Just in Time for That Holiday Party: Violette Verdy's Pâté Recipe
Dance Magazine archives are a bonafide treasure trove of dance goodies. Earlier this year, I came across one of my all-time favorite articles from years past: A December 1960 story on Violette Verdy‘s pâté recipe.
This odd and lovely little article about Balanchine’s vivacious French muse was written by Radford Bascome. It was the first in a series titled “Cook of the Month.” (Yes, Dance Magazine has always loved sharing dancers’ recipes.) I adore just how indulgently French it is, and how this recipe shows that Verdy was utterly unafraid of things like “melting fat” and “splatter grease.” Here is the full text, with original photos.
Violette Verdy cooking pâté. PC Radford Bascome, DM Archives
It took the thrifty French people of Brittany to develop a pâté that could be used as a canape delicacy, or as a filling for the sandwiches for their workmen, or to feed their children as a late afternoon snack. The recipe, over 200 years old, has been brought to this country by Violette Verdy, soloist with New York City Ballet.
Violette and her mother have been living in America now for several years. Much of this time was spent in hotels, until they could locate an apartment in New York’s East Fifties. Now that they have found one and moved in, the first order of business has been to equip and start using their fine, modern kitchen. What better to start with than the old, family recipe for pâté, handed down to Violette through four generations, and originating in the Finistère Province of Brittany in the 18th Century.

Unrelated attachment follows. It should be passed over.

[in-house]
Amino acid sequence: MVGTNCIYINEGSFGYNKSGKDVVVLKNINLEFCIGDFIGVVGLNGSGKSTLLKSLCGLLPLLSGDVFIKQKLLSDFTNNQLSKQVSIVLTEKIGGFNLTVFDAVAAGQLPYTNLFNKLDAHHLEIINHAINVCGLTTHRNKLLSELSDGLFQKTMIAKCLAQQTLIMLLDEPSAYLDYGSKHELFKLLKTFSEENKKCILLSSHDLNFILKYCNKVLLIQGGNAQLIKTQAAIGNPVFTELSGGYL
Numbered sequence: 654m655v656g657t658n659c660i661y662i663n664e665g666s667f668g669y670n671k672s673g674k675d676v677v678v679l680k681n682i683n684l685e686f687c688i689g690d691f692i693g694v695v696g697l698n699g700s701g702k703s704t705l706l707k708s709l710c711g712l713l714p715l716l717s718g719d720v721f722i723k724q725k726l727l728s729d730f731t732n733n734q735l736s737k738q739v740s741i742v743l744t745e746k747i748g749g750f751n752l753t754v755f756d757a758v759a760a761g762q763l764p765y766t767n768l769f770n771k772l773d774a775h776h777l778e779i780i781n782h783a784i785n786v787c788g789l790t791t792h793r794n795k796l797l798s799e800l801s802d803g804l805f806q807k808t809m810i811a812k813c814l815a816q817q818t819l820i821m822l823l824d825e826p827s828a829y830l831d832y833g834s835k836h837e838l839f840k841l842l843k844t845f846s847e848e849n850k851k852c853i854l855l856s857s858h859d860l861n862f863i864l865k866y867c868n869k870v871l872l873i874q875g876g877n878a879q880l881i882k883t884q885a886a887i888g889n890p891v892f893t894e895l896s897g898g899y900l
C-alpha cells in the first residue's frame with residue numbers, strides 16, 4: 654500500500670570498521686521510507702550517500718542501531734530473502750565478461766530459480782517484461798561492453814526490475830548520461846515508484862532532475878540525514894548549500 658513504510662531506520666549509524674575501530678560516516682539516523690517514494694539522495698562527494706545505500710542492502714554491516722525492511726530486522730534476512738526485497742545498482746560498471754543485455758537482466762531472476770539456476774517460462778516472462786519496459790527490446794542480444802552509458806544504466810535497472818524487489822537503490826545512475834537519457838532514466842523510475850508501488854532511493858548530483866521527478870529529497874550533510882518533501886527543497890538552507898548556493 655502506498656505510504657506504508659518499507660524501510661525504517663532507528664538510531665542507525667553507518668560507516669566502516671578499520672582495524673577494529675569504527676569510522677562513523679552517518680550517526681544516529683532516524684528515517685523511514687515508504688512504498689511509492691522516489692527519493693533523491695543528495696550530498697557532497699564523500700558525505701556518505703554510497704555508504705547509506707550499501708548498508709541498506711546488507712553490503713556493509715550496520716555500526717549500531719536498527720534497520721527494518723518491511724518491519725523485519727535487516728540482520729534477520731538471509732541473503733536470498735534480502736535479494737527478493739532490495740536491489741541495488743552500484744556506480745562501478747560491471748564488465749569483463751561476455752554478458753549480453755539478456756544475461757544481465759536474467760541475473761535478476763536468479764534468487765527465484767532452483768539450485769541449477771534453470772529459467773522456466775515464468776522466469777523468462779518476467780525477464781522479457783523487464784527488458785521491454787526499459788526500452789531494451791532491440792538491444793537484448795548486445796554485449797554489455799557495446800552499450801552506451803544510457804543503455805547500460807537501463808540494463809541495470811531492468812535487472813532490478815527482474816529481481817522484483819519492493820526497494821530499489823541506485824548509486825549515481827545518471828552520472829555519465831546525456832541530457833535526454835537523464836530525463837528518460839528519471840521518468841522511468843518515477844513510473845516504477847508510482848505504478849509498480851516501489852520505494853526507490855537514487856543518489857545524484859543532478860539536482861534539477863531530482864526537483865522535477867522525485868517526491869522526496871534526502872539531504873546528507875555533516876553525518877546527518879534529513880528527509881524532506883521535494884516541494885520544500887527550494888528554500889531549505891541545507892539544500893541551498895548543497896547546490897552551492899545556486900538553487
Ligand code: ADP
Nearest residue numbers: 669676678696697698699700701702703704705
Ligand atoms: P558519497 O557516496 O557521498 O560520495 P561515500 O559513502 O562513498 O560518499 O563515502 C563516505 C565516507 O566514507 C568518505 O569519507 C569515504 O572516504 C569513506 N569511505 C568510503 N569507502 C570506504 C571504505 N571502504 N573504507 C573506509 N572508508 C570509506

The Verdy pâté, in loaf form, is made from veal that is coarsely ground. It is not like the pâté de fois gras that we might normally expect. It is sliced thin, and can be used as sandwich filling. The fat that collects around the edges is lightly spread on bread and fed to children in Brittany as a late afternoon snack. Violette’s grandmother used to take two lettuce leaves, dipped in wine vinegar, to eat the pâté while sipping a lightly fermented apple cider. It is usually served with French bread that has been sliced and allowed to dry out a little bit.
Violette Verdy’s pâté, a loaf of French bread, a mixed green salad and a bottle of chilled rosé will make a marvelous meal. Add a few lighted candles on the table, and you’ll be feeling the romance of 18th Century Brittany.
Verdy with her finished pâté. PC Radford Bascome, DM Archives.
- 2 lb. of veal, not too lean, ground very coarse. Use the back or scallopine.
- 2 lb. fresh pork fat from throat or ribs, also coarsely ground
- 1 medium yellow onion, chopped
- 1 clove fresh garlic, sliced very thin
- 1 heaping tablespoon salt
- 1 teaspoon coarse ground pepper
- A small spray of parsley, a branch of thyme and a bay leaf, tied as a small bouquet
It is best to have the veal and the pork fat coarsely ground at the butcher shop, but not mixed together. Mix them at home in a large bowl, together with salt, pepper, chopped onion and garlic. Knead with both hands until meat is well mixed with fat and ceases to stick to hands and bowl. Place in bread loaf pan. Separate from pan sides with fingers to allow melting fat to collect along the sides of the pan. Place bouquet of herbs on one side along pan bottom. Cover with aluminum foil. Cook slowly in 350 degree oven for 45 minutes. Remove foil cover. All fat and juice must be around edges and top slightly golden color. Return to 450 degree oven, and cook uncovered for about 30 minutes. Place a cookie sheet or large piece of foil under the pan to catch splatter grease. When done, the pâté should be brown but not too dry, and a knife blade, when inserted, should come out clean.